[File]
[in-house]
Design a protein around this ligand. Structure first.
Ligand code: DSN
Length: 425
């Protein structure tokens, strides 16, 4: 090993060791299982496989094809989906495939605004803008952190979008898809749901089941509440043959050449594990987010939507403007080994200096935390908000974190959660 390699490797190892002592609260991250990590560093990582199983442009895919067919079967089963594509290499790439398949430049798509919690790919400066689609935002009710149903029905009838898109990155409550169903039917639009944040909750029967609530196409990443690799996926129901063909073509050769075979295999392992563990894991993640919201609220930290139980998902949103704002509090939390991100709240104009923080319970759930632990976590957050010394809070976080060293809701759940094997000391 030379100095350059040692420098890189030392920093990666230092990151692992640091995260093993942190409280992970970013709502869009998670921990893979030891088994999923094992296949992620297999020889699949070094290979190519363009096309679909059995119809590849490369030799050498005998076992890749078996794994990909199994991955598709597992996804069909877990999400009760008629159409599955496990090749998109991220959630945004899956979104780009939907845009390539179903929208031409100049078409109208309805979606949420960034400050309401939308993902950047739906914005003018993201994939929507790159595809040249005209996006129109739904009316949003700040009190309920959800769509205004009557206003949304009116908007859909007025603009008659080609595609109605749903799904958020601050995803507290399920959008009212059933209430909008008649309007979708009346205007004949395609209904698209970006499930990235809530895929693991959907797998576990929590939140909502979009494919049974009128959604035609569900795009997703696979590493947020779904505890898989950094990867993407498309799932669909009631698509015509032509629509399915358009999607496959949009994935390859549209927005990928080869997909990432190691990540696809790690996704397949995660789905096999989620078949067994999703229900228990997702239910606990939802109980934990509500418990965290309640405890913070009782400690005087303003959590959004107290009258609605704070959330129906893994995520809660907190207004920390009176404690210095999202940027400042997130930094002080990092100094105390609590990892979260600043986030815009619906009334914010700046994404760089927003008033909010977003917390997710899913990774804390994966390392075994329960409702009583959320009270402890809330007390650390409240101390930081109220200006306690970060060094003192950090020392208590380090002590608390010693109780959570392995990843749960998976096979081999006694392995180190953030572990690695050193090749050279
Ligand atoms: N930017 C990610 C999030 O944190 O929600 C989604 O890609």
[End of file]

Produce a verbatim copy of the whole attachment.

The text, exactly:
[in-house]
Design a protein around this ligand. Structure first.
Ligand code: DSN
Length: 425
């Protein structure tokens, strides 16, 4: 090993060791299982496989094809989906495939605004803008952190979008898809749901089941509440043959050449594990987010939507403007080994200096935390908000974190959660 390699490797190892002592609260991250990590560093990582199983442009895919067919079967089963594509290499790439398949430049798509919690790919400066689609935002009710149903029905009838898109990155409550169903039917639009944040909750029967609530196409990443690799996926129901063909073509050769075979295999392992563990894991993640919201609220930290139980998902949103704002509090939390991100709240104009923080319970759930632990976590957050010394809070976080060293809701759940094997000391 030379100095350059040692420098890189030392920093990666230092990151692992640091995260093993942190409280992970970013709502869009998670921990893979030891088994999923094992296949992620297999020889699949070094290979190519363009096309679909059995119809590849490369030799050498005998076992890749078996794994990909199994991955598709597992996804069909877990999400009760008629159409599955496990090749998109991220959630945004899956979104780009939907845009390539179903929208031409100049078409109208309805979606949420960034400050309401939308993902950047739906914005003018993201994939929507790159595809040249005209996006129109739904009316949003700040009190309920959800769509205004009557206003949304009116908007859909007025603009008659080609595609109605749903799904958020601050995803507290399920959008009212059933209430909008008649309007979708009346205007004949395609209904698209970006499930990235809530895929693991959907797998576990929590939140909502979009494919049974009128959604035609569900795009997703696979590493947020779904505890898989950094990867993407498309799932669909009631698509015509032509629509399915358009999607496959949009994935390859549209927005990928080869997909990432190691990540696809790690996704397949995660789905096999989620078949067994999703229900228990997702239910606990939802109980934990509500418990965290309640405890913070009782400690005087303003959590959004107290009258609605704070959330129906893994995520809660907190207004920390009176404690210095999202940027400042997130930094002080990092100094105390609590990892979260600043986030815009619906009334914010700046994404760089927003008033909010977003917390997710899913990774804390994966390392075994329960409702009583959320009270402890809330007390650390409240101390930081109220200006306690970060060094003192950090020392208590380090002590608390010693109780959570392995990843749960998976096979081999006694392995180190953030572990690695050193090749050279
Ligand atoms: N930017 C990610 C999030 O944190 O929600 C989604 O890609």